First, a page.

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Left: The north west corner is full of interest. The two fonts are here within the vicar’s pew. Beyond the larger font the now-blocked opening to the outside is clearly visible. Right: The font inset into the wall was originally a holy water stoup. The Church Guide is silent on the provenance of the larger of the two fonts but it looks very old indeed and surely no later than the the twelfth century building.

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Left: The west gallery doorway. Centre: The very unorthodox west end. The very low entrance is via a tunnel-like porch cut into the west gallery staircases on either side. The west gallery door itself is clearly visible in the middle of the wall. Right: The blocked north doorway that surely belonged to the twelfth century building.

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Left: The very unusual pulpit/reading desk. It would look equally at home in a Victorian school! To its left are the two crosses. From this angle you can see rather better that the right hand cross slab has a raised area that was presumably decorated. Right: As far as i could see the only lighting here is by candles. If there was any electric supply here I didn’t see it. It is the ageless simplicity of this church that is such a delight. I always feel that if you want to look for God then places like St Runius are where you should go. We know there has been worship here for fourteen hundred years but finery and ostentation have passed this little church by leaving it as a church should be: a place of spirituality, prayer and contemplation. You can keep your monuments to the not-very-great and far-from-good and the grandiose excrescences that they funded. I love all of Britain’s church heritage but whereas I can admire the grandeur of the great town churches it is places like St Runius that lift my soul. Here endeth the lesson....

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Left: Just look at the depth of these walls! It makes you scratch your head really. This is the sort of massive masonry you would expect to see on a Norman-era church. Yet nobody seems to think this is the oldest part of the church. You can only surmise that they were forced to build like this simply to properly blend it into the original parts. Those window openings, of course, are far too large to be original so somebody had the monumental task of cutting them into the walls. Having talked of the “Norman era” we need to remind ourselves that there was no Norman invasion of Man and that it had Viking rulers until 1266 when it was ceded to Scotland. So at St Runius (and at Kirk Lonan) you are seeing something very rare: a church that was built under Viking rule at a time when Christianity completely held sway. This is not a church with Viking influence but a product of Viking-Celt Christianity the like of which could not exist on the mainland where the Anglo-Saxons had long ago driven the Celts into Wales, Scotland and Cornwall. Right: The rickety little vestry at the south east corner of the church.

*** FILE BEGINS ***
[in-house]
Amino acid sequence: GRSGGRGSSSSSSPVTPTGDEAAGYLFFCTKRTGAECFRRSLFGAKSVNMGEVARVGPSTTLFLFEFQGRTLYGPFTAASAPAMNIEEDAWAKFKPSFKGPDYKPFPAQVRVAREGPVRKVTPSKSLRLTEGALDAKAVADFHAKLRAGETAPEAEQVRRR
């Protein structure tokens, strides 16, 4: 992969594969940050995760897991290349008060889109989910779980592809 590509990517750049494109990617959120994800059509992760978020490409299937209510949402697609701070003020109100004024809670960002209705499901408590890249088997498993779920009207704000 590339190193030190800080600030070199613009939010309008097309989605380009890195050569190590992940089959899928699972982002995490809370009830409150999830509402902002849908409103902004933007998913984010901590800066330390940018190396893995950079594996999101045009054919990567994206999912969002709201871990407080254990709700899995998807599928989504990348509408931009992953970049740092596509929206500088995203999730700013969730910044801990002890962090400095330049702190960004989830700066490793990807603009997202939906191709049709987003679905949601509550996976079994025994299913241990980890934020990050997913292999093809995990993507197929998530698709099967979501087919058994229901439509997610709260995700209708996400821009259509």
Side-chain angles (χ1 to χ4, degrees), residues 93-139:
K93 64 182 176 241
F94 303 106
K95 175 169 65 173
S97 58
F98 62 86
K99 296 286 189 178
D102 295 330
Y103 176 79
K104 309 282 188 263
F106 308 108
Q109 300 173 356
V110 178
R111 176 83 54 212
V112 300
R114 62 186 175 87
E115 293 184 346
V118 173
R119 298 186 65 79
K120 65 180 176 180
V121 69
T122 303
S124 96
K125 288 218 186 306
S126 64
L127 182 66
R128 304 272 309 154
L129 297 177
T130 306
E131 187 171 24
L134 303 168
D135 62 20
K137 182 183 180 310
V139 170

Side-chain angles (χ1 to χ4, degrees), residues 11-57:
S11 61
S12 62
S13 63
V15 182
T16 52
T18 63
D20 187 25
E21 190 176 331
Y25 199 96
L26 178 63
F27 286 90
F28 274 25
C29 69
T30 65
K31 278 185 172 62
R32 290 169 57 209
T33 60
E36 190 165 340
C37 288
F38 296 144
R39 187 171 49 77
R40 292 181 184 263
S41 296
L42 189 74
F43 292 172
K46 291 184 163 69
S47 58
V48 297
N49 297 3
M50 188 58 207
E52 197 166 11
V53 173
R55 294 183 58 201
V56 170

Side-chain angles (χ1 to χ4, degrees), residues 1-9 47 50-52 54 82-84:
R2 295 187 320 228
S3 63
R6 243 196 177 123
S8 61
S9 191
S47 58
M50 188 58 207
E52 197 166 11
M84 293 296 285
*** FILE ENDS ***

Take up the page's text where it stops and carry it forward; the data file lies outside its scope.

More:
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Left: Some church visitors get their kicks from searching out unusual or poignant headstone inscriptions. That’s “not my bag” at all but I liked this little plaque - the only one here -  to Henry Clucas (a common surname on the island) from 1732. He died aged only 23 but he was a “virtuous” and “notable youth”, and “academick student of this isle”. I can only hope that Henry found time for a bit of wine, women and song as well before his untimely death. Nobody should die that virtuous! Centre: I can’t for the life of me work out what this recess in the south wall was for. Does anybody out there know? Right: What could be more rustic than this? Moss-grown and fern-strewn steps to the blocked entrance to the now-vanished west gallery. Trailing down is the rather dirty rope for ringing the bells in the little bell cote. At St Runius “unpretentious” is on a different scale to elsewhere.

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Our car on the left is parked outside the gate to the churchyard. This picture gives you some idea of how rural this spot is.

St Patrick’s Chair

We haven’t finished with Marown just yet. Less than a mile away, up a not very well signposted track covered in sheep poo and surrounded by sheep is St Patrick’s Chair. It’s not a chair, of course, and it’s unlikely St Patrick was ever there but nevertheless that’s its name.

There are three standing (actually leaning!) granite stones and two that have fallen over completely. Two of those standing have inscribed Christian crosses. Nobody knows how long the stones have been here but it seems likely that they are ancient stones, possibly forming a burial site, appropriated for Christian purposes probably between AD600 and 800.  Bear in mind that early Christianity was quite comfortable with re-using sites of earlier spiritual significance. Indeed, it was seen as a valuable weapon in the conversion of pagans.

The original keeil at what is now Marown Old Church itself dates from the seventh century. It would hardly have justified the word “church” but it does rather beg the question of why anyone would create another Christian site so close by? Maybe it was a place of Christian gathering before the keeil was built, in the manner of a preaching cross because there is absolutely no way of knowing when these crosses were carved. Maybe it was simply a case of religious appropriation. SS Runius, Connachan and Lonan, all bishops, are known to have lived in the Marown area so perhaps they decided to inscribe the crosses. We can’t know. Just in passing, those three names give us some idea of the changing notions of sainthood. Here you have three men, surely of unimpeachable piety and presumably ferociously evangelical, of whom we know barely anything who were created saints by nobody knows who. Compare that with St Mother Theresa of Calcutta whose achievements we can all know and admire, beatified in a blaze of publicity for what seemed to be - excuse my cynicism - a campaign conducted by the Vatican PR department and which  would, I feel, have embarrassed the lady herself!